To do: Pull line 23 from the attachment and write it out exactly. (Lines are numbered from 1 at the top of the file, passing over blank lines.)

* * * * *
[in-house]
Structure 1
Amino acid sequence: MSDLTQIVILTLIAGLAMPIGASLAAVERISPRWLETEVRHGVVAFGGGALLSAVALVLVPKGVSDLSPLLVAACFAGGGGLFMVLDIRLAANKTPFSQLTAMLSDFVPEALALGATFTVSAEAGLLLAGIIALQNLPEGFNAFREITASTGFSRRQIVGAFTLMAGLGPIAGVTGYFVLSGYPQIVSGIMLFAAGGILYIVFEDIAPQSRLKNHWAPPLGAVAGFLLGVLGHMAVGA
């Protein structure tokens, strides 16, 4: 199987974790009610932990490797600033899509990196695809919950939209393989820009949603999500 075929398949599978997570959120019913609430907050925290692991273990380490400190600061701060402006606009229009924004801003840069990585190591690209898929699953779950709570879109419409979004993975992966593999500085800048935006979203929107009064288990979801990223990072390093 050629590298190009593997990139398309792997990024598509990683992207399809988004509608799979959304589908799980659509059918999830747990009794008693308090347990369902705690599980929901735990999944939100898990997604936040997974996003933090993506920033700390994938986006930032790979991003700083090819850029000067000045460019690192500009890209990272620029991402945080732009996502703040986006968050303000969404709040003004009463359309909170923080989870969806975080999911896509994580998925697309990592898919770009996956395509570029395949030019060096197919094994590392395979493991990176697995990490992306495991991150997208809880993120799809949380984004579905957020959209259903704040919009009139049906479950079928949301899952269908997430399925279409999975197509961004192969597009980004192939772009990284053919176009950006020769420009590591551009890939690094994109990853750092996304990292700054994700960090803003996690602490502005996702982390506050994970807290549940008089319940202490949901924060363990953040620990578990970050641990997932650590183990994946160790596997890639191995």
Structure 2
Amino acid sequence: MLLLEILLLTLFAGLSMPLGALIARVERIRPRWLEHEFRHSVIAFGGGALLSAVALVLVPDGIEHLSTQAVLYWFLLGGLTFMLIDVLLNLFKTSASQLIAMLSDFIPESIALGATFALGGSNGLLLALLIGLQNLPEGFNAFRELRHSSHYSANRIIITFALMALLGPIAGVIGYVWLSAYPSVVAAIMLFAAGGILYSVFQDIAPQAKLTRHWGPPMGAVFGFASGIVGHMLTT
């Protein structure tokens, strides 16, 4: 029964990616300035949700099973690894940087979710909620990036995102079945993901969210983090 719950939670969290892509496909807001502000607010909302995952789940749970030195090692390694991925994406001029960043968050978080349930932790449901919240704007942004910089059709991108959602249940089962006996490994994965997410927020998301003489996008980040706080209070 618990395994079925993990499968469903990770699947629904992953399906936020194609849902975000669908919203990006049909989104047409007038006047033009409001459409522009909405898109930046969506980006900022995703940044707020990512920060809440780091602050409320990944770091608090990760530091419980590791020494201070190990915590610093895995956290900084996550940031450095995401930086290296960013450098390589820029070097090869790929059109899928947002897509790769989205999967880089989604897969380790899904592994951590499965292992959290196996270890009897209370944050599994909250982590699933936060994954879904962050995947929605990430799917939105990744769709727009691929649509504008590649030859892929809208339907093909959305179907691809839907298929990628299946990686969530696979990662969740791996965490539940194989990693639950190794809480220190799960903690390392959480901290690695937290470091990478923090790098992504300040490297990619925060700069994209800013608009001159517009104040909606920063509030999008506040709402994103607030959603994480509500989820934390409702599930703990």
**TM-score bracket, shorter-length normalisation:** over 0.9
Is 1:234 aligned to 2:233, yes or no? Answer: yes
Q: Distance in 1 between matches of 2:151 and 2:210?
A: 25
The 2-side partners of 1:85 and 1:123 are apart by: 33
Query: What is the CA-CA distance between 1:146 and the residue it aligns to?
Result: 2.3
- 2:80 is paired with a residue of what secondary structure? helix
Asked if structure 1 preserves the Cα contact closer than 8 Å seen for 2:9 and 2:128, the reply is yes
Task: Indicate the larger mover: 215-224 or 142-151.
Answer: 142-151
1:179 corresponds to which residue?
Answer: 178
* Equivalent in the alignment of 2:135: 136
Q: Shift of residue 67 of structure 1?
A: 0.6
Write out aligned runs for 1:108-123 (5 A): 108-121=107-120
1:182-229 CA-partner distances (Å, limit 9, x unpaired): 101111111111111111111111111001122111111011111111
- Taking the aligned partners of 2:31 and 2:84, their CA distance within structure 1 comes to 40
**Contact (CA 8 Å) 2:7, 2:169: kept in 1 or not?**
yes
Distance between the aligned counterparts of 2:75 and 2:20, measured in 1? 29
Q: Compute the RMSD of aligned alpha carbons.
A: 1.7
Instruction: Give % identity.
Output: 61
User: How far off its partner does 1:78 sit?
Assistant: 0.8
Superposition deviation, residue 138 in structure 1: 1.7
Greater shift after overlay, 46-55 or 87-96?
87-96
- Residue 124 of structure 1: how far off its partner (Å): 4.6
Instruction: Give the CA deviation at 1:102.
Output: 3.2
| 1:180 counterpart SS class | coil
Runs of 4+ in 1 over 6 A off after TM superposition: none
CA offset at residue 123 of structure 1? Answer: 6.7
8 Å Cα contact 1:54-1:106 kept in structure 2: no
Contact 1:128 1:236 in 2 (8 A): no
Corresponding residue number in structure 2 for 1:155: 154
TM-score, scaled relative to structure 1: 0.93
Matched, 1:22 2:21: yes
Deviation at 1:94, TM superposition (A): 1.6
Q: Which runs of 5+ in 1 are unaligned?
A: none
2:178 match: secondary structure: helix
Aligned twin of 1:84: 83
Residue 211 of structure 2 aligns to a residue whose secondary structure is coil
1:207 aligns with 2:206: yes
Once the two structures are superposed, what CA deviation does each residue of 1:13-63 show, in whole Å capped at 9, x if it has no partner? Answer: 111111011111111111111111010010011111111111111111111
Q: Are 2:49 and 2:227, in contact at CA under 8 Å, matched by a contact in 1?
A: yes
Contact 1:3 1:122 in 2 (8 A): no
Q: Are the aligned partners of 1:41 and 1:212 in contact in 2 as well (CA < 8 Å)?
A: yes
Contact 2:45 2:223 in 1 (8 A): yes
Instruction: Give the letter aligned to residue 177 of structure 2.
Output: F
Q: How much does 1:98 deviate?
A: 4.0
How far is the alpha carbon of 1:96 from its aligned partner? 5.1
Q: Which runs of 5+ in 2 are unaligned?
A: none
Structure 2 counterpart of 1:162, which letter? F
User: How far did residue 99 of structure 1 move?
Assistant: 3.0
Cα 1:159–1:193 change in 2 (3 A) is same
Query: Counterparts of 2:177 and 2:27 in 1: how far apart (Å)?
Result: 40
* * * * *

A: 0.6